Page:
Authors

Presenting authors

    • Leslie Johnson, Animal Manure Management Extension Educator, University of Nebraska – Lincoln
    • Todd Whitney, Water & Cropping Systems Extension Educator, University of Nebraska – Lincoln
    • Sarah Fronczak, Environmental Management Educator, Michigan State University

Corresponding author

Leslie Johnson, Animal Manure Management Extension Educator, University of Nebraska – Lincoln

Corresponding author email address

leslie.johnson@unl.edu

Additional authors

    • Aaron Nygren, Water & Cropping Systems Extension Educator, University of Nebraska – Lincoln
    • Chryseis Modderman, Assistant Extension Professor, Center for Agriculture, Food and Natural Resources, University of Minnesota
    • Michael Sindelar, Water & Cropping Systems Extension Educator, University of Nebraska – Lincoln

Additional Information

Acknowledgements

The original mapping exercise was developed in partnership with Nutrient Advisors, Ward Laboratories, Settje Agri-Services, and University of Minnesota Extension with funding from the North American Manure Expo and the North Central Region Water Network. Partners for the development of nitrogen management variations included the Lower Platte North and Upper Big Blue NRD.

 

The authors are solely responsible for the content of these proceedings. The technical information does not necessarily reflect the official position of the sponsoring agencies or institutions represented by planning committee members, and inclusion and distribution herein does not constitute an endorsement of views expressed by the same. Printed materials included herein are not refereed publications. Citations should appear as follows. EXAMPLE: Authors. 2022. Title of presentation. Waste to Worth. Oregon, OH. April 18-22, 2022. URL of this page. Accessed on: today’s date.

Calculating Dynamic Setback Maps Workshop

Purpose

MyFarms, the software development team that manages the Manure Management Planner (MMP) desktop application, is now making it easy for TSPs to make beautiful manure setback maps that comply with government guidelines for use in Comprehensive Nutrient Management Plans (CNMPs). After using the MyFarms web-based platform to navigate a simple process (described below), the TSP will be able to download three digital assets from MyFarms including: 1.) The *.mmp project file, 2.) The PDF manure setback map book, and 3.) Manure setback images. TSPs will benefit from producing these downloads whether they use MMP or not and at any point in the planning process (i.e., before, during, or after entering data into MMP).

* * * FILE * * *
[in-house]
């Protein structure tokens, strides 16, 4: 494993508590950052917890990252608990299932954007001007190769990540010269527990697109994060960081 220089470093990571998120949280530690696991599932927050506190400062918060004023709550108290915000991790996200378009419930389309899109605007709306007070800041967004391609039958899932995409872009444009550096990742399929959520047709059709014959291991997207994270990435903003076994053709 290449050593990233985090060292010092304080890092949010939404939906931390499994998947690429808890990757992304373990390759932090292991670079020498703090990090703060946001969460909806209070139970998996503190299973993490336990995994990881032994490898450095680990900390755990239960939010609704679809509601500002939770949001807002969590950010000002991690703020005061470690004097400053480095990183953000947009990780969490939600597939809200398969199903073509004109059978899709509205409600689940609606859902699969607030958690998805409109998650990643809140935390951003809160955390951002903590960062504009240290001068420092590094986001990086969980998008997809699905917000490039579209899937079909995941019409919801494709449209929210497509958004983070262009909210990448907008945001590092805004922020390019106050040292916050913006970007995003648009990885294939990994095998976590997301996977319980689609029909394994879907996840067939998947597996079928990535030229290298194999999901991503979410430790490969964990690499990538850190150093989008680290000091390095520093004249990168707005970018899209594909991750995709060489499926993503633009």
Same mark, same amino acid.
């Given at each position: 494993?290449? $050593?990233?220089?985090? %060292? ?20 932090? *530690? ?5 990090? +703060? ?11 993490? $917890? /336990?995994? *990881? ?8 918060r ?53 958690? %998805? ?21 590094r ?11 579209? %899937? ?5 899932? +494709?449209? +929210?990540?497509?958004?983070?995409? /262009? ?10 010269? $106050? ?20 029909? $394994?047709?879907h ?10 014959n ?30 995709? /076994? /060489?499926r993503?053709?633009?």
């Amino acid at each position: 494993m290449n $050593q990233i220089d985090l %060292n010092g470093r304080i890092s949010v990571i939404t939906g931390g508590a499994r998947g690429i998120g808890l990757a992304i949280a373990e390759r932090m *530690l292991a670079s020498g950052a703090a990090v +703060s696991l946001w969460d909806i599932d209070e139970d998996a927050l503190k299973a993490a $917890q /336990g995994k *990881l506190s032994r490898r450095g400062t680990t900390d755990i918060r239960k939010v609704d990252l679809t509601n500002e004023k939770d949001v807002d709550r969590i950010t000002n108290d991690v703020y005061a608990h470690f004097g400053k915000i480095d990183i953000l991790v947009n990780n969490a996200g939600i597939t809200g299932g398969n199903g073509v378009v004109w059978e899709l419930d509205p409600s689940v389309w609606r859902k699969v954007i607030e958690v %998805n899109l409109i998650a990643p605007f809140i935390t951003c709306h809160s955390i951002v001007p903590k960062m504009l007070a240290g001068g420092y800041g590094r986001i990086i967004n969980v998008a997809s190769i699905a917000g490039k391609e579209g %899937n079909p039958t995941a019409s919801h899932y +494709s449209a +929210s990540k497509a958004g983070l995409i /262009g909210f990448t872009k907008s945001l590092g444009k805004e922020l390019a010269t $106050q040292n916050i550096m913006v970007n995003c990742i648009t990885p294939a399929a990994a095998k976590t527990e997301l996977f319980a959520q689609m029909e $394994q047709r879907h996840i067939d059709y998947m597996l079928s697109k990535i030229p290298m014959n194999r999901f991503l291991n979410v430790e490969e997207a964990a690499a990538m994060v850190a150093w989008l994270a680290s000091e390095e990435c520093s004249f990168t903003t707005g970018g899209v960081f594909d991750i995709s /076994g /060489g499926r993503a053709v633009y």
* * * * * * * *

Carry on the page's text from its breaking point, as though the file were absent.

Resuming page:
What Did We Do?

TSPs will begin by using MyFarms, a cloud-based field data management platform, to automatically fetch field boundaries from other cloud-based applications, such as Climate FieldView or the John Deere Operations Center. If the producer does not use one of those systems, the TSP can upload shapefiles, after exporting them from a different system. Or, if the producer has no field boundaries available, they can be created in MyFarms using existing field geometries.

After setting up field boundaries, the TSP will navigate a wizard-like process to create a “Feature Map” including wells, streams, water control structures, facilities, and roads. Then, the TSP can create a “Manure Setback Map” (below), by specifying the manure application practice(s) associated with each feature. As each selection is made, MyFarms dynamically calculates the setback area surrounding the feature so the user can easily see the relationship between the application practice, the setback distance, and the setback area.

After a setback map has been created for each field, the TSP can export the data they entered in MyFarms as an *.mmp project file, which can be used to create a new project in MMP. If the TSP has already used MMP to generate a CNMP in Word format, they can export setback map images and paste them into the Word document. Or, if the TSP does not use MMP at all, they can export the setback maps as a standalone document in PDF format.

What Will You Learn in this Workshop?

You will learn of what NRCS is doing to modernize the manure management planning process through state-of-the-art, cloud-based software.  As a starting point, you will learn how to create professional looking manure setback maps more accurately and easily than ever before. Following the workshop, MyFarms will be available to register your own account, so you can take what you have learned into your next CNMP-focused client engagement.

Future Plans

The MMP Download(s) solution is the first of numerous steps that will be taken by Purdue University, NRCS, and MyFarms to modernize the manure management planning workflow. Over time, state-specific policies, logic, and reference data will be added to this foundation, to deliver a more pleasing end-to-end user experience.

Authors

Chris Fennig, Managing Director, MyFarms

Corresponding author email address

chris.fennig@myfarms.com

Additional Information

purduemmp.myfarms.com

Acknowledgements

This solution is being built in partnership with Purdue University and NRCS.

 

The authors are solely responsible for the content of these proceedings. The technical information does not necessarily reflect the official position of the sponsoring agencies or institutions represented by planning committee members, and inclusion and distribution herein does not constitute an endorsement of views expressed by the same. Printed materials included herein are not refereed publications. Citations should appear as follows. EXAMPLE: Authors. 2022. Title of presentation. Waste to Worth. Oregon, OH. April 18-22, 2022. URL of this page. Accessed on: today’s date.